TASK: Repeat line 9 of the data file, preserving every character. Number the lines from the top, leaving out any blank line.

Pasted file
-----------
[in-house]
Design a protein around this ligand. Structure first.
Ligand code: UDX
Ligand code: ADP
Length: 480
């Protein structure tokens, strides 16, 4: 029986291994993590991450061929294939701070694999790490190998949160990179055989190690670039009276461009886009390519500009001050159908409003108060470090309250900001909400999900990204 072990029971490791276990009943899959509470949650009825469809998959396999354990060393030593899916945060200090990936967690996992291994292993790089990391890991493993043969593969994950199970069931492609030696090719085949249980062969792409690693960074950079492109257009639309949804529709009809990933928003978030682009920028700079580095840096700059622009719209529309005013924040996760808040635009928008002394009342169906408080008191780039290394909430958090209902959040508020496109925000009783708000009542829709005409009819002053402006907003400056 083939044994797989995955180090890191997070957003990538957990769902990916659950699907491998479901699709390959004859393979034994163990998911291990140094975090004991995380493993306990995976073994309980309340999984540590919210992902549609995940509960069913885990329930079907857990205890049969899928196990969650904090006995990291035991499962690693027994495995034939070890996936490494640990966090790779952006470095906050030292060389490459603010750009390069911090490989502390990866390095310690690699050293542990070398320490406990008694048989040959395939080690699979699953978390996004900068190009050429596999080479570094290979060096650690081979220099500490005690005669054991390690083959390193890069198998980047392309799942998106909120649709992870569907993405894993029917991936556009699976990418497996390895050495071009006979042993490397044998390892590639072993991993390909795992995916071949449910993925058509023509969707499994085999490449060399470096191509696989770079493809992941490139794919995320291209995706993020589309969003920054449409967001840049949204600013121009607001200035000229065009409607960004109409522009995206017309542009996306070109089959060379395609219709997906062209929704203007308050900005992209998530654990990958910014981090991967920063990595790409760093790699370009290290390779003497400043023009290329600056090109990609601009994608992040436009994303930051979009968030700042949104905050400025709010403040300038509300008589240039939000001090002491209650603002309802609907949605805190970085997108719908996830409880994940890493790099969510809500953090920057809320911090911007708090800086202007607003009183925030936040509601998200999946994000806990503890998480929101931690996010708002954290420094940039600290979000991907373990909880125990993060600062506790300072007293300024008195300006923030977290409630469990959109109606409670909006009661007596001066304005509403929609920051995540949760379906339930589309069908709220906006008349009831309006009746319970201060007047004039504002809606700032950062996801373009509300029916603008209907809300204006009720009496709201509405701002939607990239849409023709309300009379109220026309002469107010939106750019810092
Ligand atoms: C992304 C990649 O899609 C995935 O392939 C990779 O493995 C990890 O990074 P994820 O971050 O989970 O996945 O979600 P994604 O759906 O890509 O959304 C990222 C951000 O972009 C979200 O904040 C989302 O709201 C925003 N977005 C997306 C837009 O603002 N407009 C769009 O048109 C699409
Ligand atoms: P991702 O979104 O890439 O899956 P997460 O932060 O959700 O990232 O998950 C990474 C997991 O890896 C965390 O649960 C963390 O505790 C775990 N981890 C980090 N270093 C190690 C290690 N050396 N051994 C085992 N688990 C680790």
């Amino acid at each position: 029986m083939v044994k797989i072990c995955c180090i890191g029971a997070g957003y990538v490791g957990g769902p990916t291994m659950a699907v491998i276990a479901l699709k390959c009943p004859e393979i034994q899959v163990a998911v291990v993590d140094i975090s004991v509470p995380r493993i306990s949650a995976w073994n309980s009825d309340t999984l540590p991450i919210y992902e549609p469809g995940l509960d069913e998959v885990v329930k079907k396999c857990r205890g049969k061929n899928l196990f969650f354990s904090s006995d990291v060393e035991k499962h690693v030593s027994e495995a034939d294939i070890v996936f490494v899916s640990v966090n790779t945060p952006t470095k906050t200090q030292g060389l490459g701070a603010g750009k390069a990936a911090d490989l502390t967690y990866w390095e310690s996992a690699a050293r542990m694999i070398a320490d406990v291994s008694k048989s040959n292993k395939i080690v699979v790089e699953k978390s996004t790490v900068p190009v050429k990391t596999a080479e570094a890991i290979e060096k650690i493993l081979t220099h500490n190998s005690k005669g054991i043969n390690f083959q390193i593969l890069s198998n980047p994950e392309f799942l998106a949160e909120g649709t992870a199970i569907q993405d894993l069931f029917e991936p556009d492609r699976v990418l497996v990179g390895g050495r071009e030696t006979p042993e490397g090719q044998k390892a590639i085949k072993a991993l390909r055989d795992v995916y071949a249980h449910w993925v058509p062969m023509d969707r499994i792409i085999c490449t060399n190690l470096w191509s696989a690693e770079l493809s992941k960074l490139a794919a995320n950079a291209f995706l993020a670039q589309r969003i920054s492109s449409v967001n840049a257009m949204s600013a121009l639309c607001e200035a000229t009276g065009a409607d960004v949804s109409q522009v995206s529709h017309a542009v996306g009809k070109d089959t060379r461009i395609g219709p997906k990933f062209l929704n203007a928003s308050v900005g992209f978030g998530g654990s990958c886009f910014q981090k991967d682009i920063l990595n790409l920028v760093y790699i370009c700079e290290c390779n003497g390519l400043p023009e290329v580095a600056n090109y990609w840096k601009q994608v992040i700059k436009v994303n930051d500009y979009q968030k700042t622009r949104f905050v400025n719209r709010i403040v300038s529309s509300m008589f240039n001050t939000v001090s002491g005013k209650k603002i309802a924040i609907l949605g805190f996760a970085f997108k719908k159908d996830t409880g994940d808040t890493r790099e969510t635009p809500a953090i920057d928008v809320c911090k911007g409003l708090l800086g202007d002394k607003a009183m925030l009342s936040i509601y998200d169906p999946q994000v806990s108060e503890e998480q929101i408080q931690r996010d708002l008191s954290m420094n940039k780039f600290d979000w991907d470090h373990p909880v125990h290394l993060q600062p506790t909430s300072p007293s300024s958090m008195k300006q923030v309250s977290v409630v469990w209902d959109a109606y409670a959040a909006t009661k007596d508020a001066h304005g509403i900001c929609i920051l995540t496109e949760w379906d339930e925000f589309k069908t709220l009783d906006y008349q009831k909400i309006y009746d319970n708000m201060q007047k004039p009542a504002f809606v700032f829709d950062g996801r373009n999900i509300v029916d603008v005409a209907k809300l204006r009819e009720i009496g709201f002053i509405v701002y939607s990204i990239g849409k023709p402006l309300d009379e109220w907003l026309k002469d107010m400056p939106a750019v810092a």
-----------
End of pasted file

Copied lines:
């Amino acid at each position: 029986m083939v044994k797989i072990c995955c180090i890191g029971a997070g957003y990538v490791g957990g769902p990916t291994m659950a699907v491998i276990a479901l699709k390959c009943p004859e393979i034994q899959v163990a998911v291990v993590d140094i975090s004991v509470p995380r493993i306990s949650a995976w073994n309980s009825d309340t999984l540590p991450i919210y992902e549609p469809g995940l509960d069913e998959v885990v329930k079907k396999c857990r205890g049969k061929n899928l196990f969650f354990s904090s006995d990291v060393e035991k499962h690693v030593s027994e495995a034939d294939i070890v996936f490494v899916s640990v966090n790779t945060p952006t470095k906050t200090q030292g060389l490459g701070a603010g750009k390069a990936a911090d490989l502390t967690y990866w390095e310690s996992a690699a050293r542990m694999i070398a320490d406990v291994s008694k048989s040959n292993k395939i080690v699979v790089e699953k978390s996004t790490v900068p190009v050429k990391t596999a080479e570094a890991i290979e060096k650690i493993l081979t220099h500490n190998s005690k005669g054991i043969n390690f083959q390193i593969l890069s198998n980047p994950e392309f799942l998106a949160e909120g649709t992870a199970i569907q993405d894993l069931f029917e991936p556009d492609r699976v990418l497996v990179g390895g050495r071009e030696t006979p042993e490397g090719q044998k390892a590639i085949k072993a991993l390909r055989d795992v995916y071949a249980h449910w993925v058509p062969m023509d969707r499994i792409i085999c490449t060399n190690l470096w191509s696989a690693e770079l493809s992941k960074l490139a794919a995320n950079a291209f995706l993020a670039q589309r969003i920054s492109s449409v967001n840049a257009m949204s600013a121009l639309c607001e200035a000229t009276g065009a409607d960004v949804s109409q522009v995206s529709h017309a542009v996306g009809k070109d089959t060379r461009i395609g219709p997906k990933f062209l929704n203007a928003s308050v900005g992209f978030g998530g654990s990958c886009f910014q981090k991967d682009i920063l990595n790409l920028v760093y790699i370009c700079e290290c390779n003497g390519l400043p023009e290329v580095a600056n090109y990609w840096k601009q994608v992040i700059k436009v994303n930051d500009y979009q968030k700042t622009r949104f905050v400025n719209r709010i403040v300038s529309s509300m008589f240039n001050t939000v001090s002491g005013k209650k603002i309802a924040i609907l949605g805190f996760a970085f997108k719908k159908d996830t409880g994940d808040t890493r790099e969510t635009p809500a953090i920057d928008v809320c911090k911007g409003l708090l800086g202007d002394k607003a009183m925030l009342s936040i509601y998200d169906p999946q994000v806990s108060e503890e998480q929101i408080q931690r996010d708002l008191s954290m420094n940039k780039f600290d979000w991907d470090h373990p909880v125990h290394l993060q600062p506790t909430s300072p007293s300024s958090m008195k300006q923030v309250s977290v409630v469990w209902d959109a109606y409670a959040a909006t009661k007596d508020a001066h304005g509403i900001c929609i920051l995540t496109e949760w379906d339930e925000f589309k069908t709220l009783d906006y008349q009831k909400i309006y009746d319970n708000m201060q007047k004039p009542a504002f809606v700032f829709d950062g996801r373009n999900i509300v029916d603008v005409a209907k809300l204006r009819e009720i009496g709201f002053i509405v701002y939607s990204i990239g849409k023709p402006l309300d009379e109220w907003l026309k002469d107010m400056p939106a750019v810092a």